There are many possible reasons that a dog may not eat its food, such as aging, heart failure, medications that upset a dog's stomach, toxins and tumors in the dog's body, according to PetMD. If an owner finds that his or her dog refuses food, the owner should bring the dog into the veterinarian's office for treatment, advises WebMD.
A dog may lose its appetite if it eats something that makes its stomach hurt or if it has a cold. Dogs may also lose their appetites if they are in environments that are too hot, notes Healthline. Dogs also may only eat up to 60 or 70 percent of the manufacturer's recommended feeding amount, so dogs that eat less food may simply not need as much food, reports WebMD. However, if a dog has not eaten any food or eats significantly less over a two- to three-meal period, a veterinarian should examine the dog, explains Healthline.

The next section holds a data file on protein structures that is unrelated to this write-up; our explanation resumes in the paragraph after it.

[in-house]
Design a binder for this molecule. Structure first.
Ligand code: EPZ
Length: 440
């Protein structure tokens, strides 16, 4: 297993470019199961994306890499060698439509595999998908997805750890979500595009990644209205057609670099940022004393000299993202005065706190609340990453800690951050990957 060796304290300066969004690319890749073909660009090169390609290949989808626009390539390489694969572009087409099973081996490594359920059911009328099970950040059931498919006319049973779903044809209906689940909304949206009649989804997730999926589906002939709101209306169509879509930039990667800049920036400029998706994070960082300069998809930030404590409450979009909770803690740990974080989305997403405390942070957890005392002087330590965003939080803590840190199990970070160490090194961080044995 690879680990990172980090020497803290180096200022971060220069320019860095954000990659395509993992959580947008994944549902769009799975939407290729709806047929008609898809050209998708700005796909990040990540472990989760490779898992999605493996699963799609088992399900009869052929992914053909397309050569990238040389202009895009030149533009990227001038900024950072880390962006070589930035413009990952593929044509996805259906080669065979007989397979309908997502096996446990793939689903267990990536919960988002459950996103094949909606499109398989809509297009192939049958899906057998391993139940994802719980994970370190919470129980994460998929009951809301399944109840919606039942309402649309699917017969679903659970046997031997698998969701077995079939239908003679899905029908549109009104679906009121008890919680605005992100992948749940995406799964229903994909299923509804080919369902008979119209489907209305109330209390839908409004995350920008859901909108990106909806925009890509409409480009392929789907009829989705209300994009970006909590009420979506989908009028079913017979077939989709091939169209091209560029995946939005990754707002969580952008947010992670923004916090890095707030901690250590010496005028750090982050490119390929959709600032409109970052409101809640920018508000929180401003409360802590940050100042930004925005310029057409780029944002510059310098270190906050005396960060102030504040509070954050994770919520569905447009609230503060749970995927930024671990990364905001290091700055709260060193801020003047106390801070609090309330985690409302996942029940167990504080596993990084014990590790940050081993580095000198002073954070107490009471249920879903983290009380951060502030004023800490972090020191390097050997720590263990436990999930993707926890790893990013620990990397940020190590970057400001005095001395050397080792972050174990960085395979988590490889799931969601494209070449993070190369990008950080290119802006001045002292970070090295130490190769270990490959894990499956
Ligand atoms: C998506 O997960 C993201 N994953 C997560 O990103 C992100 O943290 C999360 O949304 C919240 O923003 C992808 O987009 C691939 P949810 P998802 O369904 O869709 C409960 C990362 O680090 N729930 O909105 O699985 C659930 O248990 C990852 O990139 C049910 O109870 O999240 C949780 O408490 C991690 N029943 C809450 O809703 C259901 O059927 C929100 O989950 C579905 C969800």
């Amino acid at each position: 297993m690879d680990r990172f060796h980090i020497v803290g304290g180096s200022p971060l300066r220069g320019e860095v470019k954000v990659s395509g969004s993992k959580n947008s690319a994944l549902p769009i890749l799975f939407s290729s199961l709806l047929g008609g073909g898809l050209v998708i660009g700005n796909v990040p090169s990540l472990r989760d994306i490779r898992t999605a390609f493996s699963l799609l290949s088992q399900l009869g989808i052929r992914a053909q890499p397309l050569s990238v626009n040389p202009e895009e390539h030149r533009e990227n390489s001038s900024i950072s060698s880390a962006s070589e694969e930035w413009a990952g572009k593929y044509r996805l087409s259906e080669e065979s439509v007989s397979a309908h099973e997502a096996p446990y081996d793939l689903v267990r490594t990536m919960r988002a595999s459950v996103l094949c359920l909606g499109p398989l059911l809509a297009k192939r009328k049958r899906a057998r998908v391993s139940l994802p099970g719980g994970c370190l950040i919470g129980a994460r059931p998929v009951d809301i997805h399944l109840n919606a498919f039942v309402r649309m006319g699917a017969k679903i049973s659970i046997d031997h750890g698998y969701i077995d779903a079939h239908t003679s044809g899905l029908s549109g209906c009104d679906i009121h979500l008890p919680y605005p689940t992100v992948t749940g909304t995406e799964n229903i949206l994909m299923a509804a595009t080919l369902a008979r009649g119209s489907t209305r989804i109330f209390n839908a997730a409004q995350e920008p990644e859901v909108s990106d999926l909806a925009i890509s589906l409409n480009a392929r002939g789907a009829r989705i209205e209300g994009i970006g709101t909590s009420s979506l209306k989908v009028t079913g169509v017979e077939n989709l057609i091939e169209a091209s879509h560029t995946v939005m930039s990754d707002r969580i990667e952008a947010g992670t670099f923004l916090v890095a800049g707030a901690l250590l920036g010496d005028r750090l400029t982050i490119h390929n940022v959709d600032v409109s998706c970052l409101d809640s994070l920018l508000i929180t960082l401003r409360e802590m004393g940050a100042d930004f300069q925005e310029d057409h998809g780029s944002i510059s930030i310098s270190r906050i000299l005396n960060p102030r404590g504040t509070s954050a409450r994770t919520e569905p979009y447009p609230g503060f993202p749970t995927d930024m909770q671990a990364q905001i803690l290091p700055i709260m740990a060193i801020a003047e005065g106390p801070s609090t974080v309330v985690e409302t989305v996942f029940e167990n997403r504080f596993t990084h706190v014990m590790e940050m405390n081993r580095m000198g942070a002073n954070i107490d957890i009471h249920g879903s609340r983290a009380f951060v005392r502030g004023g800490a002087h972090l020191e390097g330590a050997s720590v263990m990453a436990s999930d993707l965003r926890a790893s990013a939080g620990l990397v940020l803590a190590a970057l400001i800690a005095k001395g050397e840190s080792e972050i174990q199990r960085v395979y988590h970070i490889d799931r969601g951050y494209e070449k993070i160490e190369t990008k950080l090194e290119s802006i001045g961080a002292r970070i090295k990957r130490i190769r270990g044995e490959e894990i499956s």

Other common symptoms that appear with loss of appetite include fever, jaundice, pain, eye changes, shallow breaths and changes in the sizes of the dog's organs. There can also be a lack of sound from the heart or from the lungs, notes PetMD. To diagnose the problem, a veterinarian performs a thorough physical examination and possibly a heartworm exam, blood analysis, retrovirus exam, urinalysis and X-rays or cell tissue samples, according to PetMD.